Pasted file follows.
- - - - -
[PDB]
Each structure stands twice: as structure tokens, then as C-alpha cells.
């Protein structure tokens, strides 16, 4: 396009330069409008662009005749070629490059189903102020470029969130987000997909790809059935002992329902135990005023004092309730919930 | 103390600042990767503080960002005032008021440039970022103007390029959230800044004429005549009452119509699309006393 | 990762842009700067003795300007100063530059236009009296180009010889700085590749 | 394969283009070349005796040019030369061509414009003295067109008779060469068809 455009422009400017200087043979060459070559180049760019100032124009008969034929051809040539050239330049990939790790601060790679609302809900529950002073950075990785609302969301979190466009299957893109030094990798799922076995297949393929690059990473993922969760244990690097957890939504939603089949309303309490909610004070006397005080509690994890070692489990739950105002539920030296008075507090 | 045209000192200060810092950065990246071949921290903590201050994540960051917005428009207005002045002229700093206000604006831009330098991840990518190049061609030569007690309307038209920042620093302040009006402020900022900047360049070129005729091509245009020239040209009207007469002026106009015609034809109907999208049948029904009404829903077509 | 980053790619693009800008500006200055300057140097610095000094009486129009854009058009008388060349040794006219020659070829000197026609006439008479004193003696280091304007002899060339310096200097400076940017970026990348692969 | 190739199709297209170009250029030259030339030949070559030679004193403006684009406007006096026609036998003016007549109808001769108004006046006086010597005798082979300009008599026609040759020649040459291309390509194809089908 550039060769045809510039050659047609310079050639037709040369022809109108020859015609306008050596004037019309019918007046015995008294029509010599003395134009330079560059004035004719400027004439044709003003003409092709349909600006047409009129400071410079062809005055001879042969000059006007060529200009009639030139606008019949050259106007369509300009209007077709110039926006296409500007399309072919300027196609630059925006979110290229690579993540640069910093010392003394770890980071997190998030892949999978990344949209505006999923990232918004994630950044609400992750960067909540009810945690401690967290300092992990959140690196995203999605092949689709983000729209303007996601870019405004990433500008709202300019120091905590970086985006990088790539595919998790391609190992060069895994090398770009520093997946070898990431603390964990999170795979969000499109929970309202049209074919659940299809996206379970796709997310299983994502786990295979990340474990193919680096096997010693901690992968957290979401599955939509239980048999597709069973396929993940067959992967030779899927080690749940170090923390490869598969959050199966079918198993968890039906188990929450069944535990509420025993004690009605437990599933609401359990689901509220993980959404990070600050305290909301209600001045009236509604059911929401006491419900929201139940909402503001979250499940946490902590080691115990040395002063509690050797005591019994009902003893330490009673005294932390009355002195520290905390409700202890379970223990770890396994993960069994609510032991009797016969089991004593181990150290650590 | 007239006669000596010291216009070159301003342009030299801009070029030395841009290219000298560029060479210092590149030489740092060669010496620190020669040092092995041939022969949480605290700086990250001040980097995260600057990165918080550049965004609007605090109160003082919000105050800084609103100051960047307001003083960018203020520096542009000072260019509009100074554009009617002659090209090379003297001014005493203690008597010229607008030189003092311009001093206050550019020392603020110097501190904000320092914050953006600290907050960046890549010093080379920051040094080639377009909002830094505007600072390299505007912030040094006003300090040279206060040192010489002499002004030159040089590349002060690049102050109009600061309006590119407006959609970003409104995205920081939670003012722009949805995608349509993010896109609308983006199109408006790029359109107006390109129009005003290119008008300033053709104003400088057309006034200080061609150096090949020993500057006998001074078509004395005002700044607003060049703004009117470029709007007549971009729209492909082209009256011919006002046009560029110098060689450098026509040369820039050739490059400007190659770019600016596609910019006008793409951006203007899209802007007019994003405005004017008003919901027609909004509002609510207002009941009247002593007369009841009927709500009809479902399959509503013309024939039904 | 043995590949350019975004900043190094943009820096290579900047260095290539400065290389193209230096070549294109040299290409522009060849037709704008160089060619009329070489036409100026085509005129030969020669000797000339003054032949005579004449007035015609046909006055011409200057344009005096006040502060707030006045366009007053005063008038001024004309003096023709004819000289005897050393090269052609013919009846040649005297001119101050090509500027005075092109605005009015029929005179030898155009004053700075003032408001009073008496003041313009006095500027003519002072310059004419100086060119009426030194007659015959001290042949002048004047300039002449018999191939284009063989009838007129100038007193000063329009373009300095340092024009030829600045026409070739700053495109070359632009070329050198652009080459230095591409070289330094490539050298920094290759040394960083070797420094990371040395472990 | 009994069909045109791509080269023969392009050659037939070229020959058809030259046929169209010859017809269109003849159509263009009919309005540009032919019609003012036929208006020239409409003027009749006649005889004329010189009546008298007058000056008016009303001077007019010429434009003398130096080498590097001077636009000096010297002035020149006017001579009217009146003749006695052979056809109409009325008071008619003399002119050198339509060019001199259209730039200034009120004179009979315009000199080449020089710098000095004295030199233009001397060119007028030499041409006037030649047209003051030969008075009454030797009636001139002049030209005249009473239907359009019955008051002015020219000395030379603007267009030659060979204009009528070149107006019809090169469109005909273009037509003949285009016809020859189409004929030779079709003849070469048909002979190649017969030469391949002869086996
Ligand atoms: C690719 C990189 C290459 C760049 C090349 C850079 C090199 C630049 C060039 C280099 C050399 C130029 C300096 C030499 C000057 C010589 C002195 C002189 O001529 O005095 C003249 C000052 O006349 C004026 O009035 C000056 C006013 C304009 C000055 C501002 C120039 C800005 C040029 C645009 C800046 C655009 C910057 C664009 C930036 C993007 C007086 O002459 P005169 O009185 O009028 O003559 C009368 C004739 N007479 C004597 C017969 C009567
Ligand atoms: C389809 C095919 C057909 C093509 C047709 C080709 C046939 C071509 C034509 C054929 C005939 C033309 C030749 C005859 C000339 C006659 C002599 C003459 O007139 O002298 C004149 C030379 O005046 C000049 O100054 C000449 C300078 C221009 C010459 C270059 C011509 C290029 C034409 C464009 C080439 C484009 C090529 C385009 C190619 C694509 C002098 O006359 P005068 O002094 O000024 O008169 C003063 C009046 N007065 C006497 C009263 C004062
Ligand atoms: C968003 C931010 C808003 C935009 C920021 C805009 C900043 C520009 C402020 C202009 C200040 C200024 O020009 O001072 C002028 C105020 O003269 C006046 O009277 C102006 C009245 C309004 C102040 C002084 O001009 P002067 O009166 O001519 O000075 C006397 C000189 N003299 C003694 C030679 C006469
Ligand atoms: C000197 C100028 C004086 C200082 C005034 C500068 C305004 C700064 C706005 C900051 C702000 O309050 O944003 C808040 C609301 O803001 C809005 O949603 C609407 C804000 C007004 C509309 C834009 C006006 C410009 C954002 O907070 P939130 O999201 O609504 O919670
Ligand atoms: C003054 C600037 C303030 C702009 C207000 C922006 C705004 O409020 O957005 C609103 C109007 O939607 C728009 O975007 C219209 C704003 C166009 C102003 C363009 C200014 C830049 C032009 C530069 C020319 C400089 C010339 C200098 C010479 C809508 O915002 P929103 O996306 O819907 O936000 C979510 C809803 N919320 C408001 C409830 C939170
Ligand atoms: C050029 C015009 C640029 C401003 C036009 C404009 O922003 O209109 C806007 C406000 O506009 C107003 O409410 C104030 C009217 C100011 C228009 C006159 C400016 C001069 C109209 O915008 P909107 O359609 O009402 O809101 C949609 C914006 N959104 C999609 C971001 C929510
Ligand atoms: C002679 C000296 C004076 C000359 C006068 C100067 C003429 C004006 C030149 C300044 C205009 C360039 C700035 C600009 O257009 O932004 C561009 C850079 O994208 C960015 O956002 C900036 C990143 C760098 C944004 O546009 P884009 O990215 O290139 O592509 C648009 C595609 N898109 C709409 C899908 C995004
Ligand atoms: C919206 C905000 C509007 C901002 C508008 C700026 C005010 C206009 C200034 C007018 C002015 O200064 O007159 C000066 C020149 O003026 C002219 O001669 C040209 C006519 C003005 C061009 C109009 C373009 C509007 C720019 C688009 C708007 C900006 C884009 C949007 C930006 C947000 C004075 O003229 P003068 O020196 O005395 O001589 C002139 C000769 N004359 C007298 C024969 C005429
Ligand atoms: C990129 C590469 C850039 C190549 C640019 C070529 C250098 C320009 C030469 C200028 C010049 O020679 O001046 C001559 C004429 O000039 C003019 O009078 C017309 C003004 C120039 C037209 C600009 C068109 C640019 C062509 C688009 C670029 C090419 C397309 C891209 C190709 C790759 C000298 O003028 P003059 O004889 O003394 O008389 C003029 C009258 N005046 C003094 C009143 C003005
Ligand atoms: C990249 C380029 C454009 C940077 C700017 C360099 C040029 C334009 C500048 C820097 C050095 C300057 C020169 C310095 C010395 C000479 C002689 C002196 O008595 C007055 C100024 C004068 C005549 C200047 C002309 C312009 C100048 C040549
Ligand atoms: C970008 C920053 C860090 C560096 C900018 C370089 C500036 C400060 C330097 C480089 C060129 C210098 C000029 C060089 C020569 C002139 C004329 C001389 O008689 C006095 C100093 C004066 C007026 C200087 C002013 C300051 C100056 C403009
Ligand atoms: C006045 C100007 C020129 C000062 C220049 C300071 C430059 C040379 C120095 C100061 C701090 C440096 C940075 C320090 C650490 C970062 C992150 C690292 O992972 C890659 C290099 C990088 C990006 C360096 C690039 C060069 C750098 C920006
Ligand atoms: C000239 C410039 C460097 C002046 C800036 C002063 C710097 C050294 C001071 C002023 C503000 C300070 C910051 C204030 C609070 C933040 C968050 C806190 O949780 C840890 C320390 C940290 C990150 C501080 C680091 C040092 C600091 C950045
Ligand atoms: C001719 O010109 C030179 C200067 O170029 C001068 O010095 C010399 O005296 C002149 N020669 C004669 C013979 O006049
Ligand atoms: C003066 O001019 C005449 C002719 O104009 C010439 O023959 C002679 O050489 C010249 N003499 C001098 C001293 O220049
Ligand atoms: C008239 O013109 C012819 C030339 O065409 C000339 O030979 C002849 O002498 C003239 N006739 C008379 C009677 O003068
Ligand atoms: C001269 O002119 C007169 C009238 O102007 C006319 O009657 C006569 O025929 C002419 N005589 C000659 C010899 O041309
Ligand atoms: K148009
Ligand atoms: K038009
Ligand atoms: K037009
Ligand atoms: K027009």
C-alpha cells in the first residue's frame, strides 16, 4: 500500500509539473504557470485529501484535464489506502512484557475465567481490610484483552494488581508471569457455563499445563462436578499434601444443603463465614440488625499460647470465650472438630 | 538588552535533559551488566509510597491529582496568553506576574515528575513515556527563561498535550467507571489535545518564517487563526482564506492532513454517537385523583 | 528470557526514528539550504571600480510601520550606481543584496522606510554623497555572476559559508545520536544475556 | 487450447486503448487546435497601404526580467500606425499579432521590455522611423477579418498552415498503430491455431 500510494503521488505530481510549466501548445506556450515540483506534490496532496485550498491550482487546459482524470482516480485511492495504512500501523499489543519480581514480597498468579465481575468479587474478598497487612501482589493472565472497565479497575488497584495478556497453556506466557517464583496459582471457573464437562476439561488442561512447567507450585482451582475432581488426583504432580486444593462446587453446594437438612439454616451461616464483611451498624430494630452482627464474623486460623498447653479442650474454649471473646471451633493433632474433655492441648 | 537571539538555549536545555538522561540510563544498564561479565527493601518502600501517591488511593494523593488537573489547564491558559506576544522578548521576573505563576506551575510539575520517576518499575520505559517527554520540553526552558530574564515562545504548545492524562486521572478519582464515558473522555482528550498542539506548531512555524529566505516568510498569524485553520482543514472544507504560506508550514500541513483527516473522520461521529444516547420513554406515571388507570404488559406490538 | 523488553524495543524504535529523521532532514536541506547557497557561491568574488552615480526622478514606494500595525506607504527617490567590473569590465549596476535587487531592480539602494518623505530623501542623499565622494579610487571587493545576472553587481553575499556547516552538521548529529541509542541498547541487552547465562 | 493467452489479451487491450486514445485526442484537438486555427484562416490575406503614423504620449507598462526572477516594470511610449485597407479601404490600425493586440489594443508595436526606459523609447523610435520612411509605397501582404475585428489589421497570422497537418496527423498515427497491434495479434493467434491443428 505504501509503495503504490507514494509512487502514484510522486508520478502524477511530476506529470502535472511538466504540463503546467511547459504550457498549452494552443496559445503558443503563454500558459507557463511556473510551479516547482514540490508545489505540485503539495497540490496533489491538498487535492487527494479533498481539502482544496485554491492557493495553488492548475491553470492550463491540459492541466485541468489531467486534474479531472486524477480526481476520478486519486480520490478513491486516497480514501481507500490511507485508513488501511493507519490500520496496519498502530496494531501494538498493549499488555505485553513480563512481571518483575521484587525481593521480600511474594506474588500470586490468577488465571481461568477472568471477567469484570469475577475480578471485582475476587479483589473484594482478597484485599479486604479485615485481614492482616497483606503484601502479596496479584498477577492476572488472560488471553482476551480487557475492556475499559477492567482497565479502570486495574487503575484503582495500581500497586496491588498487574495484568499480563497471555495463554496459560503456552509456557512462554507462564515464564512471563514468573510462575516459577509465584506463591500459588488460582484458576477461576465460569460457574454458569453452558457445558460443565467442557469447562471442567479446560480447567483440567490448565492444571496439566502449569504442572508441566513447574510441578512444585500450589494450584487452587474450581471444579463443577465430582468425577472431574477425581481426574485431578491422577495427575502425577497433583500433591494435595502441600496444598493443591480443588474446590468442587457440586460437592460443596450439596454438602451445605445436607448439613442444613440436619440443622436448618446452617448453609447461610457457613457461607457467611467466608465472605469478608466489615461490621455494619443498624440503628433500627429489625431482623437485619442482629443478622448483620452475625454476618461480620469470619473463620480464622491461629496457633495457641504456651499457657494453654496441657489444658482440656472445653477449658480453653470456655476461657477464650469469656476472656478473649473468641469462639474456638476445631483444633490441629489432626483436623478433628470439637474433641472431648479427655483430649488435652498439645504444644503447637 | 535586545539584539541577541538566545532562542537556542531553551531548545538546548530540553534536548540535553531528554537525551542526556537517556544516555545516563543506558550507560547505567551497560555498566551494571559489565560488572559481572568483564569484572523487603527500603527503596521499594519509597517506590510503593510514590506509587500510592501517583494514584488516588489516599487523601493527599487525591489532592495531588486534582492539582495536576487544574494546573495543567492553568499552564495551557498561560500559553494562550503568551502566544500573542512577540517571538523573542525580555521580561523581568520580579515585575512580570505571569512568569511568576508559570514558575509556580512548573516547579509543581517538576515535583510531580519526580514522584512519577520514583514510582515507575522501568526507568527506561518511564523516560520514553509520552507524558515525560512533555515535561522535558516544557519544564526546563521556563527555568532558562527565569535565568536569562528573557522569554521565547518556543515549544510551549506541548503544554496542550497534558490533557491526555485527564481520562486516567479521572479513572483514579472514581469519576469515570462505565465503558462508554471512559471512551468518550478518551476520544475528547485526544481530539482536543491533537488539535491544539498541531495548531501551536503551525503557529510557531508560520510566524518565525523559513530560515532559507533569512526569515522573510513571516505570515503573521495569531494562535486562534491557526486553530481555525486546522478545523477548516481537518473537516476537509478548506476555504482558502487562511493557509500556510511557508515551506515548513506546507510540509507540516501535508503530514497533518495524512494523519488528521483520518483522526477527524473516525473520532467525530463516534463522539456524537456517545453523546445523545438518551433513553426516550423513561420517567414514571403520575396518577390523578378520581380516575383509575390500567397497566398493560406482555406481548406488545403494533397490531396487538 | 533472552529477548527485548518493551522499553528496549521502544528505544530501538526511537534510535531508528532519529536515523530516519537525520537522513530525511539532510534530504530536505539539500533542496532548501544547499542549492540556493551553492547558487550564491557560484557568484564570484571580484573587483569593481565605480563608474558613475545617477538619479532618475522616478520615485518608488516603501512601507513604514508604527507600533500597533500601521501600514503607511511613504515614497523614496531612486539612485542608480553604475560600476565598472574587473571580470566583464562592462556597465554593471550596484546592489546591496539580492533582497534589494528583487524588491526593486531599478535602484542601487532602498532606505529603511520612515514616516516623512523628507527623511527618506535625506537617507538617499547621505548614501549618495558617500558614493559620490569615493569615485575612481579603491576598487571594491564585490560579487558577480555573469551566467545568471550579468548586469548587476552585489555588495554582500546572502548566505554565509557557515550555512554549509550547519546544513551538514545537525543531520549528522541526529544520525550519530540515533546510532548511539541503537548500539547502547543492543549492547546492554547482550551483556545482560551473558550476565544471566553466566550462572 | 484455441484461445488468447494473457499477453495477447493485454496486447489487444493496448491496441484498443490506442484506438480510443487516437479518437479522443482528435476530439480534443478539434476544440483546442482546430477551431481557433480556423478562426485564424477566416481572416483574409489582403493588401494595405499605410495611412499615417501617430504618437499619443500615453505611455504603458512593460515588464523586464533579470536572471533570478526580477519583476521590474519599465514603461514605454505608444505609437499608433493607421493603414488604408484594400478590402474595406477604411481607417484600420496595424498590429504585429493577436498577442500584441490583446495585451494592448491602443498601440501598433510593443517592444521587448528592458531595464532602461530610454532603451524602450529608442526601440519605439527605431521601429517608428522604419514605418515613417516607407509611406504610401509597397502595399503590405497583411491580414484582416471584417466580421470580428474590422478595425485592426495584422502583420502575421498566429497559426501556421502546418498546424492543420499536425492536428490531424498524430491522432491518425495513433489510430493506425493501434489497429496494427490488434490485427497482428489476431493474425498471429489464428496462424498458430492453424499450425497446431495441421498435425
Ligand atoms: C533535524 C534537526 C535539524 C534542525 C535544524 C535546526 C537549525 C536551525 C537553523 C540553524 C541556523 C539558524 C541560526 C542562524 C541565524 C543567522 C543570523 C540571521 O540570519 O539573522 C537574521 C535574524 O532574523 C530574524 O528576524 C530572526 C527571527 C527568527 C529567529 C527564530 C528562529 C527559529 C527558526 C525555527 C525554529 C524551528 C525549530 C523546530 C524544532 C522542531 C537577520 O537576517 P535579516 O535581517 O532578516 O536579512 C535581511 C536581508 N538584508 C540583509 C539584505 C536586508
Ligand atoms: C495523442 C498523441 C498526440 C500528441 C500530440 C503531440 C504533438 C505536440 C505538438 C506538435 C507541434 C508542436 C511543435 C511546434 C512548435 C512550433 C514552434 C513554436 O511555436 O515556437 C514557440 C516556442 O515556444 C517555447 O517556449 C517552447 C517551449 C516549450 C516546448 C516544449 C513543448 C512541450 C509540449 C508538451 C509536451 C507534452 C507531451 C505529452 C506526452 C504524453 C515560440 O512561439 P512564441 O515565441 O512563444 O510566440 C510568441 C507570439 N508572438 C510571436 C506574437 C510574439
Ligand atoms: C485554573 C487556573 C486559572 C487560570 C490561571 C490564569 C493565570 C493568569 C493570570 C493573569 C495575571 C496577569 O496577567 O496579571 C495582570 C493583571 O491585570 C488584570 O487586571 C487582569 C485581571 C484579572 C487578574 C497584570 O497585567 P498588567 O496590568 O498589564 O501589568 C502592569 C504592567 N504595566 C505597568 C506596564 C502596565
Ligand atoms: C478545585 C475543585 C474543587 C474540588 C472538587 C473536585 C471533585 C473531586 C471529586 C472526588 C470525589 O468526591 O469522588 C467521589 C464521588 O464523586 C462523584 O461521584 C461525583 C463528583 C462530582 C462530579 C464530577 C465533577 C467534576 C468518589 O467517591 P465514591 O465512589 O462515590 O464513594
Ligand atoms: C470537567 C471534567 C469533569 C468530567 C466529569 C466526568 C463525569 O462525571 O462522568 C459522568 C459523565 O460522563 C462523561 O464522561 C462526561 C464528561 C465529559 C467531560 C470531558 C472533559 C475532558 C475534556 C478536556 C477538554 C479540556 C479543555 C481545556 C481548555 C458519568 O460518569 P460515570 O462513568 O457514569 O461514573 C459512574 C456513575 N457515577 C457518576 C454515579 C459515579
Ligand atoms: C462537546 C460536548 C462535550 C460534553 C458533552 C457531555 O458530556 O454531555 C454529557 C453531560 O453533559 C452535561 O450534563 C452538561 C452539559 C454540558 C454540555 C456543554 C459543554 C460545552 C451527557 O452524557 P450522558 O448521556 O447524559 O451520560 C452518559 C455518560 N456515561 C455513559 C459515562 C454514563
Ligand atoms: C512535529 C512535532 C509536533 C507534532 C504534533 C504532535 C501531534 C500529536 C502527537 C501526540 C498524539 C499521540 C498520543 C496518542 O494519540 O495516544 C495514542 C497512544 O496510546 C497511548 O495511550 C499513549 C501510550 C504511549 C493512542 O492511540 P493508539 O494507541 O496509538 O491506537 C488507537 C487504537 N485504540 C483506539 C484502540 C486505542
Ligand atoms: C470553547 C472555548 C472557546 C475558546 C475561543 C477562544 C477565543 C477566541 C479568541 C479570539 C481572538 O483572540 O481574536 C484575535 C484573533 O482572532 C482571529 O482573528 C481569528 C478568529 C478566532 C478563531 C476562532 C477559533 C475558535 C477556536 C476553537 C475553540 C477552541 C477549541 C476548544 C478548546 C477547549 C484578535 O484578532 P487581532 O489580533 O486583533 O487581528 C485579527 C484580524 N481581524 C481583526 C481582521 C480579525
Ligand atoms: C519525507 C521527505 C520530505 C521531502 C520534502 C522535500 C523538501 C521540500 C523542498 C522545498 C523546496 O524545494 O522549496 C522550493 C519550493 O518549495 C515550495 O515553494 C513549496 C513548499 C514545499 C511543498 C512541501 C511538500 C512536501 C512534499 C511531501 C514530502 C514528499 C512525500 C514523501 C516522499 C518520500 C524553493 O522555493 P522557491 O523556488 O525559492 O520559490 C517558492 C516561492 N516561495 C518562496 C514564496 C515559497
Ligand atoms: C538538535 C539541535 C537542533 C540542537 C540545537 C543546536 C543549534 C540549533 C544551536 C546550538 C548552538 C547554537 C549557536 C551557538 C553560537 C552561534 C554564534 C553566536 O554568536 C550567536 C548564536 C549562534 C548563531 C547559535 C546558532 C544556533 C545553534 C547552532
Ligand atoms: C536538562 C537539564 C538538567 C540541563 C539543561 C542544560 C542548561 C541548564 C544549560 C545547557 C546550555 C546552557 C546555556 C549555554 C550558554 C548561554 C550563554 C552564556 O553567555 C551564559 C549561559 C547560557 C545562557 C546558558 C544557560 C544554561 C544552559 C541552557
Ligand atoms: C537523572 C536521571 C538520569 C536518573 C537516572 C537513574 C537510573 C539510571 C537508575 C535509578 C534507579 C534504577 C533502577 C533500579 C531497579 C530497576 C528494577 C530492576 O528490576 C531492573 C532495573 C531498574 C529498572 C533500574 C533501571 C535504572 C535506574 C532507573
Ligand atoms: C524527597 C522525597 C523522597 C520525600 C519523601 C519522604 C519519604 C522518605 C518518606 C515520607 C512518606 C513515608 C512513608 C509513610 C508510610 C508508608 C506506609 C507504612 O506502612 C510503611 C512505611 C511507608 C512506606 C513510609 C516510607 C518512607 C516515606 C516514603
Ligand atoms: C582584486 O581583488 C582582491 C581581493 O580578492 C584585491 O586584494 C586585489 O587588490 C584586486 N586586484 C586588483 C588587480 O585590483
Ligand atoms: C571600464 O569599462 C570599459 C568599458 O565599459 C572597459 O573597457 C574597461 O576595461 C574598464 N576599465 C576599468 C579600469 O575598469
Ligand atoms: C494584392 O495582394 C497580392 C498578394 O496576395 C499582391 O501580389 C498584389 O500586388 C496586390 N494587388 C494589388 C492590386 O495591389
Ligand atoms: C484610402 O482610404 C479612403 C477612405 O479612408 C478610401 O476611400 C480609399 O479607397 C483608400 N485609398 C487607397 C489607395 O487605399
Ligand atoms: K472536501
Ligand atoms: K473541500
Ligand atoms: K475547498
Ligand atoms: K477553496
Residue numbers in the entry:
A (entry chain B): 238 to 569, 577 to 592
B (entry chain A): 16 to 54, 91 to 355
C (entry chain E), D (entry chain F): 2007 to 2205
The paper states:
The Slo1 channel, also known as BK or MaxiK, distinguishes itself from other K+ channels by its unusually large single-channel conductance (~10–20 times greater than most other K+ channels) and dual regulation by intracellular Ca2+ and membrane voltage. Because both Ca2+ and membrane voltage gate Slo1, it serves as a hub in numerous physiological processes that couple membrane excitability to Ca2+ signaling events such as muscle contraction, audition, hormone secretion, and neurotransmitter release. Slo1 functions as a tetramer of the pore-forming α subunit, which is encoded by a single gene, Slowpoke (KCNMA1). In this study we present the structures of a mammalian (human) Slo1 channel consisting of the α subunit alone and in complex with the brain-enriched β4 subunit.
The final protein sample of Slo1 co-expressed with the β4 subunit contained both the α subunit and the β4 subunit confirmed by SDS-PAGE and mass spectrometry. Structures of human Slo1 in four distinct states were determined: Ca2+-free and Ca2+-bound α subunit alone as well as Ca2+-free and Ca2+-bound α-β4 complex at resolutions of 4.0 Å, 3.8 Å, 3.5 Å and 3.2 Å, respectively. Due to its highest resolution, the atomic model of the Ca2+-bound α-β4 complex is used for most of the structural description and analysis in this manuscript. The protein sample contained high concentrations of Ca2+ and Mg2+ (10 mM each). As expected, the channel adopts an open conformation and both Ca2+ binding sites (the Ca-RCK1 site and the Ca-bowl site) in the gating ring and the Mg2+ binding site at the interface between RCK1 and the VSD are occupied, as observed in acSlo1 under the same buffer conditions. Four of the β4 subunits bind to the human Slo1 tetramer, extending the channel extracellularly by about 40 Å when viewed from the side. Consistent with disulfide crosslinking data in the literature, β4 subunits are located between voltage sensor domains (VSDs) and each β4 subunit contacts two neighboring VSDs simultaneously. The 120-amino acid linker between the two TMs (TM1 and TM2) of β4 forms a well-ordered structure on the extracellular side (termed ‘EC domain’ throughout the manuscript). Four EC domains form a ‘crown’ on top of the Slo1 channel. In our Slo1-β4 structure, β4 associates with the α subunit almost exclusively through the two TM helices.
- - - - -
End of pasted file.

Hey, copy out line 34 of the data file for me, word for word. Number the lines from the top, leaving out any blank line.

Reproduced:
Ligand atoms: C519525507 C521527505 C520530505 C521531502 C520534502 C522535500 C523538501 C521540500 C523542498 C522545498 C523546496 O524545494 O522549496 C522550493 C519550493 O518549495 C515550495 O515553494 C513549496 C513548499 C514545499 C511543498 C512541501 C511538500 C512536501 C512534499 C511531501 C514530502 C514528499 C512525500 C514523501 C516522499 C518520500 C524553493 O522555493 P522557491 O523556488 O525559492 O520559490 C517558492 C516561492 N516561495 C518562496 C514564496 C515559497